- Redefining Decentralization: Devolution of Administrative Authority to County Governments in Zhejiang Province by Jianxing Yu and Xiang Gao
- Fiscal Decentralization in China Revisited by Meili Niu
- The Impacts of Intergovernmental Transfers on Local Governments’ Fiscal Behavior in China: A Cross-County Analysis by Guang Zhang
- Hidden Fiscal Risks in Local China by Jun Ma
- Determinants of Land Finance in China: A Study Based on Provincial-level Panel Data by Fangzhi Ye
- The Evolution of Australia’s Intergovernmental Financial Relations Framework by Peter Robinson and Tess Farrelly
- Fiscal Equalisation in Australia by John Spasovejic and Malcolm Nicholas
- Pursuing Revenue Autonomy or Playing Politics? Fiscal Behaviour of Local Governments in Taiwan by Nai-Ling Kuo and Bennis Wai Yip So
- The Recent Social Policy Expansion and Its Implications for Inter-governmental Financial Relations in China by Kinglun Ngok
- Analyzing Social Safety Net and Employment Assistance Spending in Chinese Cities by Alfred Tat-Kei Ho and Tao Lang
- Accountability and Reforms to Australia’s Federal Financial Relations by Mary Ann O’Loughlin
- Reducing Tensions in Australian Intergovernmental Relations through Institutional Innovation by Jennifer Menzies
Papers from the inaugural dialogue in 2011 were published in a special issue of the Australian Journal of Public Administration: Citizen’s engagement in Australia and China (AJPA, Volume 71, Issue 2, June 2012
This journal issue was published following the first Greater China Australia Dialogue workshop, held at Sun Yat-sen University in 2011 on the topic of ‘Putting Citizens at the Centre: Making Government More Responsive’. This topic was chosen in response to growing international interest in citizen-focused public services, acknowledging that this concept has different meanings in different concepts. The editors offer an introduction to the topic before giving an overview of the articles included in the issue:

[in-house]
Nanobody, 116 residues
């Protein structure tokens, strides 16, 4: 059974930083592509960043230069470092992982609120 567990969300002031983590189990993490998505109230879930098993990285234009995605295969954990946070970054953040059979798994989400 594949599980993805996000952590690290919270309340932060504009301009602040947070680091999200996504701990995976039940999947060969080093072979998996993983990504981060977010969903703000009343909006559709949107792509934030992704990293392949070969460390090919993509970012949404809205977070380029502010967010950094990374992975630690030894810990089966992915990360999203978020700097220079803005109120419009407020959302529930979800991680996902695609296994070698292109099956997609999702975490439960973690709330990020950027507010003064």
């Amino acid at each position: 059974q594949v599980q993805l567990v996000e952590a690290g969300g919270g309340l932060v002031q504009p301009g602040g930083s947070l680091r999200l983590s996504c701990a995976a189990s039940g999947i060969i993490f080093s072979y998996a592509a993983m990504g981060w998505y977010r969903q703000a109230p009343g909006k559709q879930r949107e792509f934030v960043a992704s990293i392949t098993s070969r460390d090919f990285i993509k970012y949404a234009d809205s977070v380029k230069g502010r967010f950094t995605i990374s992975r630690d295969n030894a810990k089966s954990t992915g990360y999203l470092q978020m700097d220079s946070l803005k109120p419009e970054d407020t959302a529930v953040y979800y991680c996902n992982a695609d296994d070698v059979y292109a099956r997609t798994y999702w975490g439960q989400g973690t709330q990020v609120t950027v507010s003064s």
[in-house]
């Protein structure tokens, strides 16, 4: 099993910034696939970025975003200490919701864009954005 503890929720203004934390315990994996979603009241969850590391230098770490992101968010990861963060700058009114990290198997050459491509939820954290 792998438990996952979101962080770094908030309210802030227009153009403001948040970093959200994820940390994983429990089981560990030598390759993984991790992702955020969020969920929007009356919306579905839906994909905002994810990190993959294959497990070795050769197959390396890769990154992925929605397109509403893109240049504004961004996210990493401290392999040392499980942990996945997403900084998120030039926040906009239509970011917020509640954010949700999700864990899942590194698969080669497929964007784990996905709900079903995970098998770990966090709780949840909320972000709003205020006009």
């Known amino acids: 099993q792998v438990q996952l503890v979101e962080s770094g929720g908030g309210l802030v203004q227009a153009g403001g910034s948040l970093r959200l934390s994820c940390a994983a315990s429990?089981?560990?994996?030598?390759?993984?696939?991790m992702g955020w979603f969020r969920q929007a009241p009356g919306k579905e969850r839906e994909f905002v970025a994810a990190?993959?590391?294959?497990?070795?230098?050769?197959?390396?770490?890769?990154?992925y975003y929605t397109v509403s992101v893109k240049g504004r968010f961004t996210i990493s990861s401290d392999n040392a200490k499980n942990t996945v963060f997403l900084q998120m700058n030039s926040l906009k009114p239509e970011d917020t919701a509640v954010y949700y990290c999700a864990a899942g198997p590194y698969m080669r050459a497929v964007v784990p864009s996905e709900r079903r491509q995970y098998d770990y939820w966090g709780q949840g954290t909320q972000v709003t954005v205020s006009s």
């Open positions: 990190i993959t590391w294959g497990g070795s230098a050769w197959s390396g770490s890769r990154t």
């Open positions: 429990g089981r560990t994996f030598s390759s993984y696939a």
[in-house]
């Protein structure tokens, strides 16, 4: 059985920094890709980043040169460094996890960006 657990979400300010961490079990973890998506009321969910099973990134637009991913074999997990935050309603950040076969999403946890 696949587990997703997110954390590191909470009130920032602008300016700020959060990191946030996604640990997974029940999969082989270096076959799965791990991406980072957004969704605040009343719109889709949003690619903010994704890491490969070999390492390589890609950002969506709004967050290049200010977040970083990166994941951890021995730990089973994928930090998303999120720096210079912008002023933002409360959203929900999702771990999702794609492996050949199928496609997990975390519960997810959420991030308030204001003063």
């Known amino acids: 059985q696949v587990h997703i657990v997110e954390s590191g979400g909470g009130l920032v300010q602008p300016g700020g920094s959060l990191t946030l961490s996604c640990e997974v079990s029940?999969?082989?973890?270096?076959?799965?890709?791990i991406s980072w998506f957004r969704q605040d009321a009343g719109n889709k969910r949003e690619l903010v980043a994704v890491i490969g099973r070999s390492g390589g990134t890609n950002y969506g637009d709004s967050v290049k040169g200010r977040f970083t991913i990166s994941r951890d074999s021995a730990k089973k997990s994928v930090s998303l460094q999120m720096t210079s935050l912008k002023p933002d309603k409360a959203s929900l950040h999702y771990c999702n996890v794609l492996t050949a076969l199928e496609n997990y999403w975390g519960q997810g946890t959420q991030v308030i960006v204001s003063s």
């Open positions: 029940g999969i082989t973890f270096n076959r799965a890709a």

- The Rise of Social Accountability in China by Jun Ma
- Does Participatory Budgeting Improve the Legitimacy of the Local Government?: A Comparative Case Study of Two Cities in China by Yan Wu and Yen Wang
- How Does Chinese Local Government Respond to Citizen Satisfaction Surveys? A Case Study of Foshan City by Jie Gao
- Citizen Expectations and Improvement of Government Functions: A Study of Importance and Performance of Budgetary Demands in China by Guang Zhang
- Citizen Dissatisfaction Leads to Budget Cuts, or Not: A Case Study of Local Taiwanese Government by Nai-Ling Kuo
- Citizen Centric Service in the Australian Department of Human Services: The Department’s Experience in Engaging the Community in Co-design of Government Service Delivery and Developments in E-Government Services by Colin Bridge
- Serving Migrant Workers: A Challenging Public Service Issue in China by Kinglun Ngok
- Policy Entrepreneur, Civic Engagement and Local Policy Innovation in China: Housing Monetarisation Reform in Guizhou Province by Yapeng Zhu
- Learning as a Key to Citizen-centred Performance Improvement: A Comparison between the Health Service Centre and the Household Registration Office in Taipei City by Bennis Wai Yip So
- Delivery of Public Services by Non-Government Organisations by Anthony Housego and Terry O’Brien
- Advocacy by Chinese Nonprofit Organisations: Towards a Responsive Government? By Zhibin Zhang
- Managed Social Innovation: The Case of Government-Sponsored Venture Philanthropy in Shanghai by Yijia Jing
- Building Citizen-centred E-government in Taiwan: Problems and Prospects by Mei Jen Hung